Different remedies to the present unsatisfactory situation, such as collective trademarks granted to representative entities or specific clauses in contracts, have been envisaged.[ref]See Anastasia Telesetsky, “Traditional Knowledge: Protecting Communal Rights through a Sui Generis System” in Nafziger & Scovazzi eds, Le Patrimoine Culturel de l’Humanité (Leiden: Martinus Nijhoff Publishers, 2008) at 310; Ibid at 13. [/ref] A number of countries have already independently adopted in their legislation some form of protection against the misappropriation of traditional knowledge and cultural expressions. However, no uniform regime has been so far adopted at the international level to address the problem. It is understandable that the States negotiating a Convention within the framework of UNESCO, which is not the best equipped organization to deal with intellectual property rights, were not willing to enter into such complex and sensitive questions. It is less understandable that no adequate solutions at the international level have been so far been agreed in contexts different from UNESCO.


 5. The UNESCO 2003 Convention on the Safeguarding of the Intangible Cultural Heritage and the First Nations of Canada

After acknowledging the shortcomings of the Convention in regard to indigenous peoples, it might help to better understand the complex situation if we consider some aspects of the legal position of the First Nations of Canada. The Convention itself states:

Recognizing that communities, in particular indigenous communities, groups and in some cases individuals, play an important role in protection, safeguarding, maintenance and recreation of the intangible cultural heritage, thus helping to enrich cultural diversity and human creativity.[ref]Convention for the Safeguarding of the Intangible Cultural Heritage, 17 October 2003, 2368 UNTS 3 at preamble (entered into force 20 April 2006).[/ref]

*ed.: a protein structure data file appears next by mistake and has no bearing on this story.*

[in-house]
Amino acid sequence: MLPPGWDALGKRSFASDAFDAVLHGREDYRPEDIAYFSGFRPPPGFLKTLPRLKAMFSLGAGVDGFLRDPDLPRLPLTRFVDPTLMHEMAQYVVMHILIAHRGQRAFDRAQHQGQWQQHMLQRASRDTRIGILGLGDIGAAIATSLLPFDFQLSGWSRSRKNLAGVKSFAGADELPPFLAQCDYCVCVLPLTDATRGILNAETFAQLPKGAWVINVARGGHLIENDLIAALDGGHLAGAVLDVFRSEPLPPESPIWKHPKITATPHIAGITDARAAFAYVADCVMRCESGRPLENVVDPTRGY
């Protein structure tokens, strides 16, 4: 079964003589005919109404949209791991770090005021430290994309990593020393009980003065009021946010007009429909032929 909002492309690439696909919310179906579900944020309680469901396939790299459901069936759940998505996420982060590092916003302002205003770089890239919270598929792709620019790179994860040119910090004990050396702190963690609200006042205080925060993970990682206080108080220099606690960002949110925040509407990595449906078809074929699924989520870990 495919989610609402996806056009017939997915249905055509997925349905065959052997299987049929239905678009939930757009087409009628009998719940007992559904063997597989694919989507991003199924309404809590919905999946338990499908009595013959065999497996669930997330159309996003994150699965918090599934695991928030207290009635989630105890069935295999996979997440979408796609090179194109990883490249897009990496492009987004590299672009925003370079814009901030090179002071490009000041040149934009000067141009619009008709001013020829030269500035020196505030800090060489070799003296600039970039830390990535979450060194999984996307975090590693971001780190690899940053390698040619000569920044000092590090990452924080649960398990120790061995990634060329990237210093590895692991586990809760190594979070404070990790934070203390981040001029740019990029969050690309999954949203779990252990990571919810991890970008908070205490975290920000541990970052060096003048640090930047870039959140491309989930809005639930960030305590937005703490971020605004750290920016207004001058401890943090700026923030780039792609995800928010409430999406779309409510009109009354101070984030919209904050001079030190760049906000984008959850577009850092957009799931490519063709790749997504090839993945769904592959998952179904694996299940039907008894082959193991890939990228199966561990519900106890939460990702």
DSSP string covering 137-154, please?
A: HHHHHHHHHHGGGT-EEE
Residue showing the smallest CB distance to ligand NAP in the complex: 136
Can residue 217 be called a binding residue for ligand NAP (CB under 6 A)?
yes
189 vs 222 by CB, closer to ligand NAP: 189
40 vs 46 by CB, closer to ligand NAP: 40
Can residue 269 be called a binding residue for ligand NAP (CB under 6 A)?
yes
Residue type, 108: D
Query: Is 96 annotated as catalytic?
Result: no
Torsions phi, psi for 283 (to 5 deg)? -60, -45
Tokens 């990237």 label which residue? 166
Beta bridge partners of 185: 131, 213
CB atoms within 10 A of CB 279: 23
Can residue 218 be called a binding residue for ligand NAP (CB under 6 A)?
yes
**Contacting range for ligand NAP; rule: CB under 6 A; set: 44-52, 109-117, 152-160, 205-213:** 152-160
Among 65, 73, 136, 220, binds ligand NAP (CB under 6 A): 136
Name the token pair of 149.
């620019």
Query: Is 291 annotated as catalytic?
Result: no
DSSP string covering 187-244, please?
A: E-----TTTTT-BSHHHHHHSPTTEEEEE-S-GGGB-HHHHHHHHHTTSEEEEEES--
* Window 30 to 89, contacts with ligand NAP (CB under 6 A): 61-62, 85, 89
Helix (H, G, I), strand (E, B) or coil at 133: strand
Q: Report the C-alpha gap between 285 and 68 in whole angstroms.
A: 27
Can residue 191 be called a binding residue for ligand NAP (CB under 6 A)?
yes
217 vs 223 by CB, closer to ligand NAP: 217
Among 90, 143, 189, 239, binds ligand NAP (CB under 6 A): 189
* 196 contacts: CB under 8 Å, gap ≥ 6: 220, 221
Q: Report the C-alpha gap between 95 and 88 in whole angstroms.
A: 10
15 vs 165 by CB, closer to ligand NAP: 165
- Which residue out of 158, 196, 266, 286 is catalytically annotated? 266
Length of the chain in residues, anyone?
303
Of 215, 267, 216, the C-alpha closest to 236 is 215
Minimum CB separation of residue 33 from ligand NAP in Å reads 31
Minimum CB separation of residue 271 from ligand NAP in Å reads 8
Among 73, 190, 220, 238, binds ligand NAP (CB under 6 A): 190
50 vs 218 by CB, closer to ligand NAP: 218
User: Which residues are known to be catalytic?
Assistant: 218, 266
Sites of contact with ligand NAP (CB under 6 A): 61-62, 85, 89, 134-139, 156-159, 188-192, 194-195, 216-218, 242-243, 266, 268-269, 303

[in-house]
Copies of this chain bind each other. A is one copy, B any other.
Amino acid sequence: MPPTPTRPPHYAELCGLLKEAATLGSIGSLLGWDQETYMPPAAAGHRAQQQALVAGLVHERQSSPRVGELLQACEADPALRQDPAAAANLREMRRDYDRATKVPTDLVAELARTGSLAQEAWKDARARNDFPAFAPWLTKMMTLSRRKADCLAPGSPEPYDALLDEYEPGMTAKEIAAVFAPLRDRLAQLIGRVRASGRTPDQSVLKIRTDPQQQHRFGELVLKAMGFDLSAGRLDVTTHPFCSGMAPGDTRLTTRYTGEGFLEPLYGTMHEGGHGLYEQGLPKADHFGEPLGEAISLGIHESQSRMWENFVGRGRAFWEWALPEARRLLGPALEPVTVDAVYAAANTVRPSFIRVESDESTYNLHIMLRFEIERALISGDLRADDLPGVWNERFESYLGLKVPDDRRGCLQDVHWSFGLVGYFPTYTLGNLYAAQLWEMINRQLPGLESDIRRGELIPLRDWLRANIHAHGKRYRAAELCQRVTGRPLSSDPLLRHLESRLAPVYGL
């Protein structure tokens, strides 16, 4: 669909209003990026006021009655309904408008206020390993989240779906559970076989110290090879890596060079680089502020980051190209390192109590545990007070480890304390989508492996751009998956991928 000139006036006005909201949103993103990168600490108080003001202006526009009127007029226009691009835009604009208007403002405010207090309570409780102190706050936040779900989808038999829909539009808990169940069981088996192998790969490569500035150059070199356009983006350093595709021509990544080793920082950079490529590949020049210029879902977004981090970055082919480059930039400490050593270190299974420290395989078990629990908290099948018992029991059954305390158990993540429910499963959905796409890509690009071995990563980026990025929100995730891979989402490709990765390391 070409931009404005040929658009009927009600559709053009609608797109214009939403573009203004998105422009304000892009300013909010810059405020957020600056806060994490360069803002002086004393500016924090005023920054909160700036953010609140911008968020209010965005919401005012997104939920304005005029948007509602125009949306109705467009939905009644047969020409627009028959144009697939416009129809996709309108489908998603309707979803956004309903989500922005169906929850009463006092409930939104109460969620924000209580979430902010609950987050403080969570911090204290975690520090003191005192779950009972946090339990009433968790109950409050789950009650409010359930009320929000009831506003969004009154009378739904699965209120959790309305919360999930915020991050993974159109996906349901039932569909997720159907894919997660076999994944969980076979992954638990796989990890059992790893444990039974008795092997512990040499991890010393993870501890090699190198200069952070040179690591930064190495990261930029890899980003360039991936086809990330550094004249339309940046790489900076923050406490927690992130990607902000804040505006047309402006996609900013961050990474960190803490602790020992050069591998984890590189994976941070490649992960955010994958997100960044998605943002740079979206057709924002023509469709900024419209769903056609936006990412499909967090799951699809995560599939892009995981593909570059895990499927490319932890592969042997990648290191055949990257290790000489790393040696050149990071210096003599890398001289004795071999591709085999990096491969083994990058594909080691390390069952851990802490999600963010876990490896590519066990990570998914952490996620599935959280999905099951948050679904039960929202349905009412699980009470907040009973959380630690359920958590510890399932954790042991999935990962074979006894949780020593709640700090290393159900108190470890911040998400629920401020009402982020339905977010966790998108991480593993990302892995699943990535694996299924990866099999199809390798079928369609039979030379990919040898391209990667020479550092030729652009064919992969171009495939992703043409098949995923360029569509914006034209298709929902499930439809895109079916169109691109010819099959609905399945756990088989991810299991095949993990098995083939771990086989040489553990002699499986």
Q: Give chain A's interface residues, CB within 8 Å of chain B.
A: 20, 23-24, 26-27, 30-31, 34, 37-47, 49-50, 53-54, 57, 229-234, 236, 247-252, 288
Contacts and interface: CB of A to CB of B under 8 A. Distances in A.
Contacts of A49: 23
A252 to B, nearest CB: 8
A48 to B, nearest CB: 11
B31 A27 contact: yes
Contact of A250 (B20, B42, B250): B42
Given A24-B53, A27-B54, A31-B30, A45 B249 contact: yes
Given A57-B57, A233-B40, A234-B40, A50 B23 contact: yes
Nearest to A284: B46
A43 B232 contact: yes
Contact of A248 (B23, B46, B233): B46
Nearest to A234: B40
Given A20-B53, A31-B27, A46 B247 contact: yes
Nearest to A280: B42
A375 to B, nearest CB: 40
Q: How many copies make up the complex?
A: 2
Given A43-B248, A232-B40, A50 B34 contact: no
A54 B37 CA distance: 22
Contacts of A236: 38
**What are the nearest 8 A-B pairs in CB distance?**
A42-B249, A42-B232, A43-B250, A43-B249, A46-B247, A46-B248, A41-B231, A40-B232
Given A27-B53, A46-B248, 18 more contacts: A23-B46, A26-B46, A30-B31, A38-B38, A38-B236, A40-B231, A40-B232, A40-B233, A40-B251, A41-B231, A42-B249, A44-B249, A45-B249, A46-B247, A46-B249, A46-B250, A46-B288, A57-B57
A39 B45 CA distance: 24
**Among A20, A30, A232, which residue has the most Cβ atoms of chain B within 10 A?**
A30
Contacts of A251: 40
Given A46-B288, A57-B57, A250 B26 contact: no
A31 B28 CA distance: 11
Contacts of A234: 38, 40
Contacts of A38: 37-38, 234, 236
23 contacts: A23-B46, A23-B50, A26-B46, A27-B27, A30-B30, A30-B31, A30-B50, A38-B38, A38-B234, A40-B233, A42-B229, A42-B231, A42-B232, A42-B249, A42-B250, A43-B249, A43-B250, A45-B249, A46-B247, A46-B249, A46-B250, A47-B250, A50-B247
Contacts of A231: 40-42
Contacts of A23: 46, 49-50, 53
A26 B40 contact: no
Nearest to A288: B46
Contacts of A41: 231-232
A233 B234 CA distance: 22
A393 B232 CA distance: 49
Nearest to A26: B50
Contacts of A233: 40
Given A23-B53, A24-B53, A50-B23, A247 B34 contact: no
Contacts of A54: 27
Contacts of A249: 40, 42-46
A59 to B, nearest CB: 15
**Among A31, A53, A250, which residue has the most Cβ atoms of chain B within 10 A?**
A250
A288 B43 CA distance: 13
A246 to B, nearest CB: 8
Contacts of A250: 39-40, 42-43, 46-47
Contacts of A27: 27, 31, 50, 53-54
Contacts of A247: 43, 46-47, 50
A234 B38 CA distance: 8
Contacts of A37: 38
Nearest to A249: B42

In Art. 2 of the Convention, the definition of “intangible cultural heritage” includes “the practices, representations, expressions, knowledge, skills – as well as the instruments, objects, artefacts, and cultural spaces […] that communities, groups […] recognize as part of their cultural heritage.”[ref]Ibid at art 2.[/ref] In fact, aside from ways to understand Indigenous communities embedded in a country like Canada, we can consider separate sovereignty over their lands, but, in addition, I have proposed the “cultural integrity model” as especially significant, given the most important characteristics of First Nations practices and traditions, most of which apply equally to other Indigenous groups. The “cultural integrity model” is also supported by the Organization of American States (OAS) Declaration that explicitly addresses the right to cultural integrity.[ref]S James Anaya, Indigenous Peoples in International Law, 2nd ed (New York: Oxford University Press, 2004).[/ref]